WHO Reveals 9.2 Million Children Under 5 Die Every Year from Preventable Diseases

According to the WHO, over a billion children are deprived of at least one of the essential goods or services needed for survival, ultimately leading to their premature death.


In the year 2000, the United Nations held a so-called Millennium Summit, introducing the Millennium Development Goals (MDGs).

The MDGs were eight international development goals that would receive special attention from the United Nations, from 2000-2015. As the 15-year period of the goals has expired, the MDGs have been turned to Sustainable Development Goals (SDGs).


Goal number four of the MDGs was to reduce child mortality rates. The target was to reduce child mortality by two-thirds, especially those under the age of five. These children mostly die from preventable diseases across the world.

Although the United Nations claims the MDGs have made headway around the world, the latest statistics released by the World Health Organization (WHO) have showed a grim picture.

According to the WHO, over 9 million children under the age of five die every year from preventable diseases. The WHO revealed that the majority of deaths occur in developing countries. Around 70% of these early child deaths are due to conditions that could be prevented or treated with access to simple, affordable interventions.


Due to better health facilities, availability of clean water, and hygiene among others in already developed countries, the lives of children are saved. But in developing countries, it is the opposite. Lack of what is available in the developed world ensures that children perish from otherwise preventable and treatable circumstances.

The statistics indicated that children in developing countries are ten times more likely to die before the age of five than children in developed countries. They further revealed that over a billion children are deprived of at least one of the essential goods or services needed for survival, such as nutrition, water, sanitation, basic healthcare, shelter and education. Some starve to death, while others die from disease.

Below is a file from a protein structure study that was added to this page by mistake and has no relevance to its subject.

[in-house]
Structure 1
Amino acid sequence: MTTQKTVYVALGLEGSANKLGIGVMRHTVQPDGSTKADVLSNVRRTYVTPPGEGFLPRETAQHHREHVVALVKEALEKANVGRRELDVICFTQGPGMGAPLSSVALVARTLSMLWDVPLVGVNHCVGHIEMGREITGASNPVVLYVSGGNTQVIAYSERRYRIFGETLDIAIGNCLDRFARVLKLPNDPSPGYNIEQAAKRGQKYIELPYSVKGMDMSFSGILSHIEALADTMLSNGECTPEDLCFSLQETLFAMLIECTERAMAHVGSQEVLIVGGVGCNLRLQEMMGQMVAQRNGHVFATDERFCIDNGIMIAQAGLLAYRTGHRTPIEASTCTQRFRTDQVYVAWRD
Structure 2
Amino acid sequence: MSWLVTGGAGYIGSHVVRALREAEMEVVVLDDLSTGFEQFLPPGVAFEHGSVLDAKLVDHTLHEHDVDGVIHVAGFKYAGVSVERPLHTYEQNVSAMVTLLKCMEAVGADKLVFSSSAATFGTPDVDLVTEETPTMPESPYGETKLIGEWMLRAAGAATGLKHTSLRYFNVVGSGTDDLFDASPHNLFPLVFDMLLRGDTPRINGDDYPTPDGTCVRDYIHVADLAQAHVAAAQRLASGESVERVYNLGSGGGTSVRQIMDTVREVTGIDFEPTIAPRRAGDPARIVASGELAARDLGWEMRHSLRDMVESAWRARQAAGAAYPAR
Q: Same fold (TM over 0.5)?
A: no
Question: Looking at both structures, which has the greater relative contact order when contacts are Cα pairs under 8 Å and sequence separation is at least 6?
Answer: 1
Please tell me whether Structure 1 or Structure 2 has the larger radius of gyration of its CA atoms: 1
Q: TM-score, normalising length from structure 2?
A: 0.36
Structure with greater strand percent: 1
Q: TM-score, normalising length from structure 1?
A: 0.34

It is said most of these children are located in sub-Saharan Africa and South Asia. Preventable diseases such as pneumonia, diarrhea, malaria and measles are said to be the diseases that mostly take the lives of these unfortunate children.


Poor families are often unable to obtain even the most basic health care for their children. Poor or delayed care-seeking contributes to up to 70% of all under-five child deaths, according to the WHO. 20% of the deaths occur in only 12 countries.

Of the 12 countries where more than 20% of children die before their fifth birthday, the WHO revealed nine of them have suffered a major armed conflict in recent times.

The WHO said countermeasures to stop this disturbing situation would include the provision of adequate healthcare facilities and clean water, as well as making available fundamental requirements that are vital to human survival.  Also, education campaigns, such as spreading knowledge of contraception use and maintaining clean environments, are all key steps toward preventing these early deaths.

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